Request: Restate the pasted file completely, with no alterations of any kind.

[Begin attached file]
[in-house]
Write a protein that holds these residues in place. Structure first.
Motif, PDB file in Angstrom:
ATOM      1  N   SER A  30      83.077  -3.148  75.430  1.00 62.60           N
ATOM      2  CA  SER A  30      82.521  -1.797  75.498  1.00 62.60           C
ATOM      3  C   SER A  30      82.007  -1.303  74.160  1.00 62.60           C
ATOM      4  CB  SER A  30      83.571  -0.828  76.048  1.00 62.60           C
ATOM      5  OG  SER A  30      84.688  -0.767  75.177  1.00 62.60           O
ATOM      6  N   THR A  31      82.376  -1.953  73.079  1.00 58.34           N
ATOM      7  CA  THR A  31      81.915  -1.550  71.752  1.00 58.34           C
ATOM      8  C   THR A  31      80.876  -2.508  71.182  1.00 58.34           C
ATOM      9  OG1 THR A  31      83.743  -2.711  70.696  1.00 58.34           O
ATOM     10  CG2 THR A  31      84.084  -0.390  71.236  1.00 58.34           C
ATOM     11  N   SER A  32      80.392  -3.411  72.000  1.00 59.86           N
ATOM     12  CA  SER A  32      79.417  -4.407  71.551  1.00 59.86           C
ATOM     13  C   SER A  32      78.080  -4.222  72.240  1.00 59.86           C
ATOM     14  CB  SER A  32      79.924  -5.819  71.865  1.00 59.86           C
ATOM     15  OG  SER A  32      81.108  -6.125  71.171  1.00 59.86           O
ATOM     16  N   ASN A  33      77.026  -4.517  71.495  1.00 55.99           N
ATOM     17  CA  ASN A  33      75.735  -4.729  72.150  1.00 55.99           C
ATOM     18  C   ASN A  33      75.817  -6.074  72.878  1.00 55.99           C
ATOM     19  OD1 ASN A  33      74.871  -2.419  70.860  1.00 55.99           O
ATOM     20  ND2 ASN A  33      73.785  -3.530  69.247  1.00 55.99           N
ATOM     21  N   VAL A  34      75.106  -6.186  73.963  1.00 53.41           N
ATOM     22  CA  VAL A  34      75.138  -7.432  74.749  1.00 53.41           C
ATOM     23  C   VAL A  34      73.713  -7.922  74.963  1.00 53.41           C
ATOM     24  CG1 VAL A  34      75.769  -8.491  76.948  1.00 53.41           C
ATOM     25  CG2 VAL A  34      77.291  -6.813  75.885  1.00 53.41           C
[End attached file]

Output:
[in-house]
Write a protein that holds these residues in place. Structure first.
Motif, PDB file in Angstrom:
ATOM      1  N   SER A  30      83.077  -3.148  75.430  1.00 62.60           N
ATOM      2  CA  SER A  30      82.521  -1.797  75.498  1.00 62.60           C
ATOM      3  C   SER A  30      82.007  -1.303  74.160  1.00 62.60           C
ATOM      4  CB  SER A  30      83.571  -0.828  76.048  1.00 62.60           C
ATOM      5  OG  SER A  30      84.688  -0.767  75.177  1.00 62.60           O
ATOM      6  N   THR A  31      82.376  -1.953  73.079  1.00 58.34           N
ATOM      7  CA  THR A  31      81.915  -1.550  71.752  1.00 58.34           C
ATOM      8  C   THR A  31      80.876  -2.508  71.182  1.00 58.34           C
ATOM      9  OG1 THR A  31      83.743  -2.711  70.696  1.00 58.34           O
ATOM     10  CG2 THR A  31      84.084  -0.390  71.236  1.00 58.34           C
ATOM     11  N   SER A  32      80.392  -3.411  72.000  1.00 59.86           N
ATOM     12  CA  SER A  32      79.417  -4.407  71.551  1.00 59.86           C
ATOM     13  C   SER A  32      78.080  -4.222  72.240  1.00 59.86           C
ATOM     14  CB  SER A  32      79.924  -5.819  71.865  1.00 59.86           C
ATOM     15  OG  SER A  32      81.108  -6.125  71.171  1.00 59.86           O
ATOM     16  N   ASN A  33      77.026  -4.517  71.495  1.00 55.99           N
ATOM     17  CA  ASN A  33      75.735  -4.729  72.150  1.00 55.99           C
ATOM     18  C   ASN A  33      75.817  -6.074  72.878  1.00 55.99           C
ATOM     19  OD1 ASN A  33      74.871  -2.419  70.860  1.00 55.99           O
ATOM     20  ND2 ASN A  33      73.785  -3.530  69.247  1.00 55.99           N
ATOM     21  N   VAL A  34      75.106  -6.186  73.963  1.00 53.41           N
ATOM     22  CA  VAL A  34      75.138  -7.432  74.749  1.00 53.41           C
ATOM     23  C   VAL A  34      73.713  -7.922  74.963  1.00 53.41           C
ATOM     24  CG1 VAL A  34      75.769  -8.491  76.948  1.00 53.41           C
ATOM     25  CG2 VAL A  34      77.291  -6.813  75.885  1.00 53.41           C